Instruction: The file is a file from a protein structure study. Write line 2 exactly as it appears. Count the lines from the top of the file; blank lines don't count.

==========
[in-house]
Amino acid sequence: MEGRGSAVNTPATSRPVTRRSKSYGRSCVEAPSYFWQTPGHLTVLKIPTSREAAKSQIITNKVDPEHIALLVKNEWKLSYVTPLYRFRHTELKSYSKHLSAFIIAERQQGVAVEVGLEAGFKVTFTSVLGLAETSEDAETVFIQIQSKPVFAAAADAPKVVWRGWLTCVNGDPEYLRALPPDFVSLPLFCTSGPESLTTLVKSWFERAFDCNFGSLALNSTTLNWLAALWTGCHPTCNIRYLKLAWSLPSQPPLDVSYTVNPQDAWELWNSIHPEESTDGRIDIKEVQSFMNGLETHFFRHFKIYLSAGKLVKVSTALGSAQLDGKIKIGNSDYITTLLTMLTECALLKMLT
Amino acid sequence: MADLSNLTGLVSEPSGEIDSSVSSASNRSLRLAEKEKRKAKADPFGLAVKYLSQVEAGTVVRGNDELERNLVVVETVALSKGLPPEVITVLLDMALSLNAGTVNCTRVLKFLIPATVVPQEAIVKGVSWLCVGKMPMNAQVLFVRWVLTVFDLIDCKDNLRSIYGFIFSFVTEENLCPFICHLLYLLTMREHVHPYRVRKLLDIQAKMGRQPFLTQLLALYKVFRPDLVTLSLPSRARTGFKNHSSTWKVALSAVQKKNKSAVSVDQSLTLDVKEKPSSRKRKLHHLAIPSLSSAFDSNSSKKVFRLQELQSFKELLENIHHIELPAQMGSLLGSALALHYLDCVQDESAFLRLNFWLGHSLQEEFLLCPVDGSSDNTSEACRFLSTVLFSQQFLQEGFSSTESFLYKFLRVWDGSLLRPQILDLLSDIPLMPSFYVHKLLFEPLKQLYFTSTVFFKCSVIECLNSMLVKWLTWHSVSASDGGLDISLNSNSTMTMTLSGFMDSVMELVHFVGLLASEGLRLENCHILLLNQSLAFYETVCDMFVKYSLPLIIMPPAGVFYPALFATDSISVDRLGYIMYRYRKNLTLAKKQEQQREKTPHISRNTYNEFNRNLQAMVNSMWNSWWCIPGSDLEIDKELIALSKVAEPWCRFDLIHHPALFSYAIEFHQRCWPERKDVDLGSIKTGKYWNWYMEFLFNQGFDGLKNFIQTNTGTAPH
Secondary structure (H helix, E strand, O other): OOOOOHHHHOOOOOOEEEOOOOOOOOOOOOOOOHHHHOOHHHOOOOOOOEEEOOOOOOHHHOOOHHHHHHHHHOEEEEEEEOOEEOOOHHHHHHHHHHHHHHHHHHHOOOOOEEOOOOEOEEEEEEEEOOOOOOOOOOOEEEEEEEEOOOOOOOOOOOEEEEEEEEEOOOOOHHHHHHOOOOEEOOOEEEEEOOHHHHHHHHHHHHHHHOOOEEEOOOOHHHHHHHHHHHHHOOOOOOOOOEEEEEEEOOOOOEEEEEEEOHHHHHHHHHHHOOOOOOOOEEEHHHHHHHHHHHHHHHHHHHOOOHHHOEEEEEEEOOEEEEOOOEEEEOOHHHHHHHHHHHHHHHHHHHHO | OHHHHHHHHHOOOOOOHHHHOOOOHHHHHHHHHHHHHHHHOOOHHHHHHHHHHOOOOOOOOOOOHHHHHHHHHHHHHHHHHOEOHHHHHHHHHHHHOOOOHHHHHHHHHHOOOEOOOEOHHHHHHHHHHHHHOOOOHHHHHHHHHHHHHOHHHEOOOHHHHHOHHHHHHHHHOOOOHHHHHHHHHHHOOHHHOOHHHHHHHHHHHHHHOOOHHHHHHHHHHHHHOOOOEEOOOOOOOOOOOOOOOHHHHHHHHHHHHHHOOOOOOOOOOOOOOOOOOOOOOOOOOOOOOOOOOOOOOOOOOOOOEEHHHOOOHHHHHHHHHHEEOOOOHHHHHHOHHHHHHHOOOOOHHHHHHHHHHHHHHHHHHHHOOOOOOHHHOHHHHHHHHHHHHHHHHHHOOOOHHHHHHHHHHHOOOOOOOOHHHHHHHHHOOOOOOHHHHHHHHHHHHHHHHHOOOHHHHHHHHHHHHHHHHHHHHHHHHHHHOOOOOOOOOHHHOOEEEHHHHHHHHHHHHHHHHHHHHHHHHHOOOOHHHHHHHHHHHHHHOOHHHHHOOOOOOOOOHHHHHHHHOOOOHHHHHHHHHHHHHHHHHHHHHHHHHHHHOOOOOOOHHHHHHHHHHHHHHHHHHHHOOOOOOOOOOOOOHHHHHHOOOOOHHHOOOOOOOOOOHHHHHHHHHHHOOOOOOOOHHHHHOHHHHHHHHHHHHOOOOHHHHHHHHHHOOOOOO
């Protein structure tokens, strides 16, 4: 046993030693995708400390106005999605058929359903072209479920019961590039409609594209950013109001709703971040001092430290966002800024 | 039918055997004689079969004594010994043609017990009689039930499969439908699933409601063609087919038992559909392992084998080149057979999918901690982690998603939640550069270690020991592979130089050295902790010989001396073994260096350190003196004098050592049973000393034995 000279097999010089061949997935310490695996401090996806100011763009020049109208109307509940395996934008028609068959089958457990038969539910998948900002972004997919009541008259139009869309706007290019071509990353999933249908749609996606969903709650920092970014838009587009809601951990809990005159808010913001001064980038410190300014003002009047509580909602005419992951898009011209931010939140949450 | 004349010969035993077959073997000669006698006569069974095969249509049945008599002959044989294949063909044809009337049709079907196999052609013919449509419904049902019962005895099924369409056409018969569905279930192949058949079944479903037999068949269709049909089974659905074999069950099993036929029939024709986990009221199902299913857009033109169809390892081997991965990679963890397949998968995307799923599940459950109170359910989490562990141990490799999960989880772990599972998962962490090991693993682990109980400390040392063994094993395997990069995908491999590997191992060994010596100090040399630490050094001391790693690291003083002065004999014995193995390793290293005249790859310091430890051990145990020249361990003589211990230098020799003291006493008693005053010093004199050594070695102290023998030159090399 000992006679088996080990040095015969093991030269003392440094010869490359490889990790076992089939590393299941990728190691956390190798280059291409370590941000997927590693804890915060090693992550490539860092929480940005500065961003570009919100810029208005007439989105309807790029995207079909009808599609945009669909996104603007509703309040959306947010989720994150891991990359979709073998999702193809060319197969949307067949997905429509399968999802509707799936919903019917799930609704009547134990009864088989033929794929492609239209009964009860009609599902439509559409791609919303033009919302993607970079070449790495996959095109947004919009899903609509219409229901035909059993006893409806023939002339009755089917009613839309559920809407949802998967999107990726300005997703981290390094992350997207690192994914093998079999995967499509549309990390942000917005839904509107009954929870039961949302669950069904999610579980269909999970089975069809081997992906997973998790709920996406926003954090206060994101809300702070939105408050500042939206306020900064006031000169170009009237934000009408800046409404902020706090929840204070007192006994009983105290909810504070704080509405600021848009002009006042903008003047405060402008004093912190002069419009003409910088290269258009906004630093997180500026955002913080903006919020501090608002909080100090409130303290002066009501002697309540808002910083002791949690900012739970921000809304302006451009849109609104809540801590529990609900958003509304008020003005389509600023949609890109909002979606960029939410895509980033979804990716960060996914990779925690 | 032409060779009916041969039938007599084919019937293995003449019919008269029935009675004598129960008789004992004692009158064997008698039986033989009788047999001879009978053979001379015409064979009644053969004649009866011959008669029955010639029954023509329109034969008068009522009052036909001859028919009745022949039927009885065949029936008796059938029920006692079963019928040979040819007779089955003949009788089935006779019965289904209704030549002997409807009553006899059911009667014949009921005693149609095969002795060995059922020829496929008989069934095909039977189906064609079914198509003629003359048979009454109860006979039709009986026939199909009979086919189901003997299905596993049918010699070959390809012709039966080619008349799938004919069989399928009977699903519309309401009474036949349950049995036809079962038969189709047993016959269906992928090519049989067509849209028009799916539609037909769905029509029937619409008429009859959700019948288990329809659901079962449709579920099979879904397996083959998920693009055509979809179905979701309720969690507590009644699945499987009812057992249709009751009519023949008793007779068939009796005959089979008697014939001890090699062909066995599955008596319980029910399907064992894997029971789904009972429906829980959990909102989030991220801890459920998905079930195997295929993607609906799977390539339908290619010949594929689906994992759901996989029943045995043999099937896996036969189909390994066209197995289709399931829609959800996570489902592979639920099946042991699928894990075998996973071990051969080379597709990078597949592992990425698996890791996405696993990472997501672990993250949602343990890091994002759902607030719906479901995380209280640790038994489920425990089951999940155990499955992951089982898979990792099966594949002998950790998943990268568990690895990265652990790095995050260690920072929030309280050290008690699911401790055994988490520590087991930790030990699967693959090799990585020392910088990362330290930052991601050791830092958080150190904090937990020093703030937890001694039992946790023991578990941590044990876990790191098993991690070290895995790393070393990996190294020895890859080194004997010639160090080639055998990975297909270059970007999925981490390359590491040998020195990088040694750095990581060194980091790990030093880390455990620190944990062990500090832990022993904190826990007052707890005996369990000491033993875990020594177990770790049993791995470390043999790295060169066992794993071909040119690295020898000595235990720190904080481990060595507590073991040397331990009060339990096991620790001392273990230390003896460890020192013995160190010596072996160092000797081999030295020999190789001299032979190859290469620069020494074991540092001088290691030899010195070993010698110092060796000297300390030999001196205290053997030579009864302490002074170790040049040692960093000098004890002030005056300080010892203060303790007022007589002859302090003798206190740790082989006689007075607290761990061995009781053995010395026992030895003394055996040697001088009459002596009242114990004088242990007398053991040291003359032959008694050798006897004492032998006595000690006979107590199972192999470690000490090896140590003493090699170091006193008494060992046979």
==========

Amino acid sequence: MEGRGSAVNTPATSRPVTRRSKSYGRSCVEAPSYFWQTPGHLTVLKIPTSREAAKSQIITNKVDPEHIALLVKNEWKLSYVTPLYRFRHTELKSYSKHLSAFIIAERQQGVAVEVGLEAGFKVTFTSVLGLAETSEDAETVFIQIQSKPVFAAAADAPKVVWRGWLTCVNGDPEYLRALPPDFVSLPLFCTSGPESLTTLVKSWFERAFDCNFGSLALNSTTLNWLAALWTGCHPTCNIRYLKLAWSLPSQPPLDVSYTVNPQDAWELWNSIHPEESTDGRIDIKEVQSFMNGLETHFFRHFKIYLSAGKLVKVSTALGSAQLDGKIKIGNSDYITTLLTMLTECALLKMLT